2014 Year-End Movie Review: David Medsker

year_end-david

Let’s get this out of the way up front: there is a lot of popcorn on my list this year. That might sound bad, since critics are supposed to dislike what’s popular (that’s not true, actually: we just dislike anything we think is bad, whether or not it’s popular), but hey, I’m just happy that I liked enough movies this year to put a Top 10 list together. (This is my first full Top 10 since 2010.) There weren’t a lot of blockbusters this year, but some of the year’s biggest films were big for a reason: they were better than the others.

Of course, I say that, and yet the top four movies on my list barely made a penny. Let’s see if we can change that, shall we?

My Favorite Movies of 2014

1. “WHIPLASH

The Battle of Alpha Males: it’s a timeless plot device. Usually it concerns two guys on the same level (“Tin Men,” “Pushing Tin”) and sometimes involves having sex with your enemy’s spouse (again, “Tin Men” and “Pushing Tin), but here it is the battle of student versus teacher at a music conservatory. Miles Teller, the prodigious drummer, and J.K. Simmons, the sadistic teacher, have never been better, but the movie’s best trick is that it gets the audience to root for both sides, even though both men are horribly flawed and unlikable. It came and went quietly in its theatrical run, but this is a must-see when it hits the video circuit.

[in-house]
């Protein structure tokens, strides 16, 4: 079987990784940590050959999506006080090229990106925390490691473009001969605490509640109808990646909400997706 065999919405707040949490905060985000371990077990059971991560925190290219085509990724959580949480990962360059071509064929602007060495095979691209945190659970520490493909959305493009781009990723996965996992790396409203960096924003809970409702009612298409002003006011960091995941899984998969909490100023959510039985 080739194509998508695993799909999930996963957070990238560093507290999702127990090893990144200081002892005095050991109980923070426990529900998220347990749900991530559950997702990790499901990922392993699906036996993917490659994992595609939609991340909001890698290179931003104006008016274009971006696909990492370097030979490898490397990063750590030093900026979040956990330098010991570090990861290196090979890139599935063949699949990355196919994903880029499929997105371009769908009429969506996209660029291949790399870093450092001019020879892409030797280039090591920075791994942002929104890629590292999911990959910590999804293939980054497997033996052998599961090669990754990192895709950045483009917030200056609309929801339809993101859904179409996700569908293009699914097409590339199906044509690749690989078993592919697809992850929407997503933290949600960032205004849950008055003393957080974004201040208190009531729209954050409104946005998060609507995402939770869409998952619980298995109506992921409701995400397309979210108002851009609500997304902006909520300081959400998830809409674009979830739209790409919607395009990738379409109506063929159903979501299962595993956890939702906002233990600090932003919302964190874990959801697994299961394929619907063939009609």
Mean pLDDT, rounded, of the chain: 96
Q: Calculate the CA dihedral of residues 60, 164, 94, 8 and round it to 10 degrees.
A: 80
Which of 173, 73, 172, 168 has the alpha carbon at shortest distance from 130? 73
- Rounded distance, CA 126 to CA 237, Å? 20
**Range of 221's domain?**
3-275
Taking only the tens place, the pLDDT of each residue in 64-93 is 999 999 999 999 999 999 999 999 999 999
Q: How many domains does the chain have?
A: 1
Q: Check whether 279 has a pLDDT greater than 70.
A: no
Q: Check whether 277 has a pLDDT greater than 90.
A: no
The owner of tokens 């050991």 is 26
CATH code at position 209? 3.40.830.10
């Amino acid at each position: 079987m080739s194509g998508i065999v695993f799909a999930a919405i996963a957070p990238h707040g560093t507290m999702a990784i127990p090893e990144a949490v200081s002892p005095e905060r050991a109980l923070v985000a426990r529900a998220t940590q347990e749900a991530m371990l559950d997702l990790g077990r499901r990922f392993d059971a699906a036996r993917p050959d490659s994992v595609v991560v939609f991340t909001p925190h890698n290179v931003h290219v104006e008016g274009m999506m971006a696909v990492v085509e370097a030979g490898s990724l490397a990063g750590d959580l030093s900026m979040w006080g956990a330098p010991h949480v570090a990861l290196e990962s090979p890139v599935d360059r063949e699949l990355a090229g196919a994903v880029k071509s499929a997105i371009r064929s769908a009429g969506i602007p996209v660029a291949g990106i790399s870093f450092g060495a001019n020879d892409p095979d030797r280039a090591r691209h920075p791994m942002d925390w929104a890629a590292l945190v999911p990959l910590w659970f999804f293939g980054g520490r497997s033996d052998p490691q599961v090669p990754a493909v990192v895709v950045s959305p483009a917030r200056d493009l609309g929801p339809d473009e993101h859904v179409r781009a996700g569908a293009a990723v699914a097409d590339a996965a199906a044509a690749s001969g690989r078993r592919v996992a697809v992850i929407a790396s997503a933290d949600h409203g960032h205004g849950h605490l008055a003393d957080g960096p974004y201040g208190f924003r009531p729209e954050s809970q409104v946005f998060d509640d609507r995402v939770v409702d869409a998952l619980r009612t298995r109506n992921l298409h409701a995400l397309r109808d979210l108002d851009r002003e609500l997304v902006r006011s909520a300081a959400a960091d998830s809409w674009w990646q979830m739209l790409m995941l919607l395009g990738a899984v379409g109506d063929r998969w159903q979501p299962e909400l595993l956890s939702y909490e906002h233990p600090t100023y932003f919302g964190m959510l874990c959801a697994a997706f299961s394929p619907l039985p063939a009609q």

whiplash-dm

2. “NIGHTCRAWLER

It’s assumed that everyone’s soul has a price, that there is a limit to what people will do for money or success. “Nightcrawler” makes it painfully clear that when it comes to a functioning sociopath like Louis Bloom (Jake Gyllenhaal, who’s superb), all bets are off. Indeed, the uplifting corporate buzz speak that Louis uses to influence characters in the film serves a dual purpose: it gets him what he wants, and it warns the audience that if they work with or for anyone who uses that language, RUN.